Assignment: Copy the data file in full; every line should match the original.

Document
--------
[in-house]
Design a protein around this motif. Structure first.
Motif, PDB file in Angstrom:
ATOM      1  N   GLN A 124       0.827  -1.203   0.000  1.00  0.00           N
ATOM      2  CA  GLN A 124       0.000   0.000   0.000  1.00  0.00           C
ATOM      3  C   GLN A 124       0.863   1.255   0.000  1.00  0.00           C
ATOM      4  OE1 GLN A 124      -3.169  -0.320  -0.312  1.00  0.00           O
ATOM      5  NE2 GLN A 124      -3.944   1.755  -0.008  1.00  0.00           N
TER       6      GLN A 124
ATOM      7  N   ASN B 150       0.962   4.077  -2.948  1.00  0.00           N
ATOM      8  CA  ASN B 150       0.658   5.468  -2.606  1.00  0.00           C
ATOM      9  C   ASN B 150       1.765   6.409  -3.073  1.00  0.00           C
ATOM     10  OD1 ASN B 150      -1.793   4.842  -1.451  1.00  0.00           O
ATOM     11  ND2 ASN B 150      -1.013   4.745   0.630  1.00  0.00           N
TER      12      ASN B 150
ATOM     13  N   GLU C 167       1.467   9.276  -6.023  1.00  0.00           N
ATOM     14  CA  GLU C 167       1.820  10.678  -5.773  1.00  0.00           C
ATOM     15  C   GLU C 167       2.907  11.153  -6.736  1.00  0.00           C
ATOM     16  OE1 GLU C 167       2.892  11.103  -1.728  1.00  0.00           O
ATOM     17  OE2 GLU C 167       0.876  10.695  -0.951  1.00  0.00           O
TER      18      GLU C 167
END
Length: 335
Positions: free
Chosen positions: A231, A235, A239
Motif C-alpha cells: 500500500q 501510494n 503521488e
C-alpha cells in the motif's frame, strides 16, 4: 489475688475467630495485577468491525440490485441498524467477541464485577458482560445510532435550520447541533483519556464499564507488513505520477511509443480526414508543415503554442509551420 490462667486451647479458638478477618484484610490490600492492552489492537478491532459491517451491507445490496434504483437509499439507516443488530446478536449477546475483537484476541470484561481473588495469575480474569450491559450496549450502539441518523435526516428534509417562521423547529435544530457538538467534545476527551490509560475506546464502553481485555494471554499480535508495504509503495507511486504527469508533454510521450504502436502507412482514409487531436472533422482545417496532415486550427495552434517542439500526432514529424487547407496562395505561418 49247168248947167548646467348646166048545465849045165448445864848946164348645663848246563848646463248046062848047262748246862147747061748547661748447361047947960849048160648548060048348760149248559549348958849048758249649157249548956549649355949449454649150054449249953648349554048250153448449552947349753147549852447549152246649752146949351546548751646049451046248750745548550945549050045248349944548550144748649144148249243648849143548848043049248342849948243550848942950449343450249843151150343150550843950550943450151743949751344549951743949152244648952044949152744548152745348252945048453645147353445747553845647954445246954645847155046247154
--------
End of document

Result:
[in-house]
Design a protein around this motif. Structure first.
Motif, PDB file in Angstrom:
ATOM      1  N   GLN A 124       0.827  -1.203   0.000  1.00  0.00           N
ATOM      2  CA  GLN A 124       0.000   0.000   0.000  1.00  0.00           C
ATOM      3  C   GLN A 124       0.863   1.255   0.000  1.00  0.00           C
ATOM      4  OE1 GLN A 124      -3.169  -0.320  -0.312  1.00  0.00           O
ATOM      5  NE2 GLN A 124      -3.944   1.755  -0.008  1.00  0.00           N
TER       6      GLN A 124
ATOM      7  N   ASN B 150       0.962   4.077  -2.948  1.00  0.00           N
ATOM      8  CA  ASN B 150       0.658   5.468  -2.606  1.00  0.00           C
ATOM      9  C   ASN B 150       1.765   6.409  -3.073  1.00  0.00           C
ATOM     10  OD1 ASN B 150      -1.793   4.842  -1.451  1.00  0.00           O
ATOM     11  ND2 ASN B 150      -1.013   4.745   0.630  1.00  0.00           N
TER      12      ASN B 150
ATOM     13  N   GLU C 167       1.467   9.276  -6.023  1.00  0.00           N
ATOM     14  CA  GLU C 167       1.820  10.678  -5.773  1.00  0.00           C
ATOM     15  C   GLU C 167       2.907  11.153  -6.736  1.00  0.00           C
ATOM     16  OE1 GLU C 167       2.892  11.103  -1.728  1.00  0.00           O
ATOM     17  OE2 GLU C 167       0.876  10.695  -0.951  1.00  0.00           O
TER      18      GLU C 167
END
Length: 335
Positions: free
Chosen positions: A231, A235, A239
Motif C-alpha cells: 500500500q 501510494n 503521488e
C-alpha cells in the motif's frame, strides 16, 4: 489475688475467630495485577468491525440490485441498524467477541464485577458482560445510532435550520447541533483519556464499564507488513505520477511509443480526414508543415503554442509551420 490462667486451647479458638478477618484484610490490600492492552489492537478491532459491517451491507445490496434504483437509499439507516443488530446478536449477546475483537484476541470484561481473588495469575480474569450491559450496549450502539441518523435526516428534509417562521423547529435544530457538538467534545476527551490509560475506546464502553481485555494471554499480535508495504509503495507511486504527469508533454510521450504502436502507412482514409487531436472533422482545417496532415486550427495552434517542439500526432514529424487547407496562395505561418 49247168248947167548646467348646166048545465849045165448445864848946164348645663848246563848646463248046062848047262748246862147747061748547661748447361047947960849048160648548060048348760149248559549348958849048758249649157249548956549649355949449454649150054449249953648349554048250153448449552947349753147549852447549152246649752146949351546548751646049451046248750745548550945549050045248349944548550144748649144148249243648849143548848043049248342849948243550848942950449343450249843151150343150550843950550943450151743949751344549951743949152244648952044949152744548152745348252945048453645147353445747553845647954445246954645847155046247154